Contractor questions Subic tests on wastewater samplesBy Robert Gonzaga
Inquirer Central Luzon
SUBIC BAY FREEPORT—A US Navy contractor on Wednesday questioned the accuracy of the results of laboratory tests on the wastewater samples that the Subic Bay Metropolitan Authority (SBMA) collected from its vessel last month, saying the integrity of the sample used and the procedure applied in testing it needed verification.
“First, did the samples come from where they claim these came from? Second, did they properly observe ‘fingerprinting’ of samples?” retired Vice Adm. Mateo Mayuga, chairman and CEO of Glenn Defense Marine Asia Philippines Inc., said in a statement.
Mayuga said “fingerprinting” means that surrounding waters must be tested “to find out if the ‘fingerprint’ of the specimen drawn is present. This will establish if there indeed was illegal dumping.”
The SBMA is investigating Glenn Defense, a subsidiary of a Singapore-based multinational company operating in 27 countries, for dumping domestic waste from US Navy ships into Philippine waters on Oct. 15.
Tests done by the SBMA Ecology Center on samples taken from Glenn Defense’s tanker MT Glenn Guardian showed the waste was not hazardous, but its organic contents were “beyond permissible limits.”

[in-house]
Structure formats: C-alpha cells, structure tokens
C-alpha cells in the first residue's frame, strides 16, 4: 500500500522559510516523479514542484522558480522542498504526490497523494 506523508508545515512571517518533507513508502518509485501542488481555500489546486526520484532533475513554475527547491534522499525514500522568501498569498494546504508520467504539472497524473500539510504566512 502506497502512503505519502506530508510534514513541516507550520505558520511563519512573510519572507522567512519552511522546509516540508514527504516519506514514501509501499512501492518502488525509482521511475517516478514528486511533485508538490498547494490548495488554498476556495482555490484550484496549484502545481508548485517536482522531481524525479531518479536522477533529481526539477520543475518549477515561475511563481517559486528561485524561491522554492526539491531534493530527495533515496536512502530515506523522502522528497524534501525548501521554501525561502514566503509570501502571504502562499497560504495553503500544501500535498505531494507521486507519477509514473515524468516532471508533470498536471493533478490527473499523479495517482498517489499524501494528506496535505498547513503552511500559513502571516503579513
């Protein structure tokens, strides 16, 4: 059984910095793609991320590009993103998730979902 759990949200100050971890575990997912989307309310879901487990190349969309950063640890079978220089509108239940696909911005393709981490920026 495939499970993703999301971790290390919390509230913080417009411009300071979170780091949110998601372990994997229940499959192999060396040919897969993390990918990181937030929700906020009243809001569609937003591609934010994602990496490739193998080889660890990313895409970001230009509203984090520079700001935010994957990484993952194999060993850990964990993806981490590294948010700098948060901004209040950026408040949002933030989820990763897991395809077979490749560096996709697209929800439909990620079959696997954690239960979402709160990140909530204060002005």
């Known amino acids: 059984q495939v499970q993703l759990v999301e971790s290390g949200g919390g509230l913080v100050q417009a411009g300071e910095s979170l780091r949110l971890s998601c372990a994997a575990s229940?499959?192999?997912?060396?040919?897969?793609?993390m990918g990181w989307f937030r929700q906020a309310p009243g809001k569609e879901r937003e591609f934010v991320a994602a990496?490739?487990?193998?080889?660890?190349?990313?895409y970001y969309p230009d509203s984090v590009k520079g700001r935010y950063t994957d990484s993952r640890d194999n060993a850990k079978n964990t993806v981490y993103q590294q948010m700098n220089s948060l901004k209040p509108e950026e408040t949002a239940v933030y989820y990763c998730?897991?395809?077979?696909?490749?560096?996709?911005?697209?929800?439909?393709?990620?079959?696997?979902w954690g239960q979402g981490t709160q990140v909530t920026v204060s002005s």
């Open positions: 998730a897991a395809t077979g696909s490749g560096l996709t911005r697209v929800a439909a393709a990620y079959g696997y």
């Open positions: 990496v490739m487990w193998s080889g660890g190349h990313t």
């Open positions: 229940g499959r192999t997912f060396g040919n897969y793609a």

Subic Water and Sewerage Co., which carried out the tests for the SBMA Ecology Center, found the waste to be of “industrial strength,” which, set against standards prescribed by the Department of Environment and Natural Resources (DENR), is “hazardous.”
‘Not for release’
The samples have not been tested for heavy metals because Subic Water is not equipped to do tests on metals.
Hernan Habacon, spokesperson for Subic Water, said the results of the tests were not conclusive as to whether the waste was toxic.
“But as per our standards, the sample was not fit for release in the environment as the organic content was beyond the permissible limits,” Habacon said.
But Mayuga questioned the integrity of the samples used, and doubted if the right procedures were applied.
“Professionals who know the right way to draw specimens must do the sampling. For example, in medicine, urinalysis must use midstream urine rather than the first concentrated flow. Likewise, using a dipper to draw samples from the surface of the tank will create false results,” Mayuga said.
But in a press conference on Wednesday, SBMA Chair Roberto Garcia said the SBMA was standing by the results of Subic Water’s tests on the toxicity levels of the wastewater sample.
Garcia challenged Mayuga to prove his allegations of tampering with the wastewater sample.
“If he has information to show that they were taken elsewhere, then we would be glad to look at it. But as far I’m concerned, they were taken from the Glenn Guardian,” Garcia said.
“As far as we can see [everything was done right] … now if somebody brings in information [to prove otherwise], they can present that so that we can take the proper measures,” he said.
“Of course, we presume regularity here since this was witnessed by several people and Subic Water is an independent utility. We presume that the tests were done properly. But as I said, we welcome any evidence that the process was tampered with,” Garcia said.